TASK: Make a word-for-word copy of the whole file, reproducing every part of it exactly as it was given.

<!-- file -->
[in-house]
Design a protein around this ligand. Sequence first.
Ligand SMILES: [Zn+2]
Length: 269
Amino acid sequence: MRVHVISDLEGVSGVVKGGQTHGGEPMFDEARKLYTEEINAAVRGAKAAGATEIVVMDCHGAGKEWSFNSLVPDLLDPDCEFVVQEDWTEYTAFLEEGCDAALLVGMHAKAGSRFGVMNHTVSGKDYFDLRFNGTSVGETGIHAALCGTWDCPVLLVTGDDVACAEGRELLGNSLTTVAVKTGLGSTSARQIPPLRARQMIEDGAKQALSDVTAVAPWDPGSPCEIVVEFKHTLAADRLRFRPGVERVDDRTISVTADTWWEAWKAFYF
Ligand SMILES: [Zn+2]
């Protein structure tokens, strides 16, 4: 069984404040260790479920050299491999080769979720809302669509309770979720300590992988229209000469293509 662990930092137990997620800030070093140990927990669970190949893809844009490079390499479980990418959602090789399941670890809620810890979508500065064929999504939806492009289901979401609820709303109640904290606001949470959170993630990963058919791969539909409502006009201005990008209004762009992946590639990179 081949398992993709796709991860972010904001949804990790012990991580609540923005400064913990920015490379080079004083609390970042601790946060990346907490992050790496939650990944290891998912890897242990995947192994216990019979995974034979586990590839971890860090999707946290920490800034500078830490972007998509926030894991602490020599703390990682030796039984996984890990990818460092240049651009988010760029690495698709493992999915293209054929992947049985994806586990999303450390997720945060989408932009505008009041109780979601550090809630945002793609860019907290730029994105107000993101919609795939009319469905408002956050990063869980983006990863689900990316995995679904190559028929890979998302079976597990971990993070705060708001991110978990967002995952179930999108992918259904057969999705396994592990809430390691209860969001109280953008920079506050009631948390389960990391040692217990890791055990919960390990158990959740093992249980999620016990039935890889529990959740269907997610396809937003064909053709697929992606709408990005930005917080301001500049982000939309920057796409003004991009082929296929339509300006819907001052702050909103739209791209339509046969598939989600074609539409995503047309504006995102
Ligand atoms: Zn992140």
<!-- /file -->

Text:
[in-house]
Design a protein around this ligand. Sequence first.
Ligand SMILES: [Zn+2]
Length: 269
Amino acid sequence: MRVHVISDLEGVSGVVKGGQTHGGEPMFDEARKLYTEEINAAVRGAKAAGATEIVVMDCHGAGKEWSFNSLVPDLLDPDCEFVVQEDWTEYTAFLEEGCDAALLVGMHAKAGSRFGVMNHTVSGKDYFDLRFNGTSVGETGIHAALCGTWDCPVLLVTGDDVACAEGRELLGNSLTTVAVKTGLGSTSARQIPPLRARQMIEDGAKQALSDVTAVAPWDPGSPCEIVVEFKHTLAADRLRFRPGVERVDDRTISVTADTWWEAWKAFYF
Ligand SMILES: [Zn+2]
């Protein structure tokens, strides 16, 4: 069984404040260790479920050299491999080769979720809302669509309770979720300590992988229209000469293509 662990930092137990997620800030070093140990927990669970190949893809844009490079390499479980990418959602090789399941670890809620810890979508500065064929999504939806492009289901979401609820709303109640904290606001949470959170993630990963058919791969539909409502006009201005990008209004762009992946590639990179 081949398992993709796709991860972010904001949804990790012990991580609540923005400064913990920015490379080079004083609390970042601790946060990346907490992050790496939650990944290891998912890897242990995947192994216990019979995974034979586990590839971890860090999707946290920490800034500078830490972007998509926030894991602490020599703390990682030796039984996984890990990818460092240049651009988010760029690495698709493992999915293209054929992947049985994806586990999303450390997720945060989408932009505008009041109780979601550090809630945002793609860019907290730029994105107000993101919609795939009319469905408002956050990063869980983006990863689900990316995995679904190559028929890979998302079976597990971990993070705060708001991110978990967002995952179930999108992918259904057969999705396994592990809430390691209860969001109280953008920079506050009631948390389960990391040692217990890791055990919960390990158990959740093992249980999620016990039935890889529990959740269907997610396809937003064909053709697929992606709408990005930005917080301001500049982000939309920057796409003004991009082929296929339509300006819907001052702050909103739209791209339509046969598939989600074609539409995503047309504006995102
Ligand atoms: Zn992140």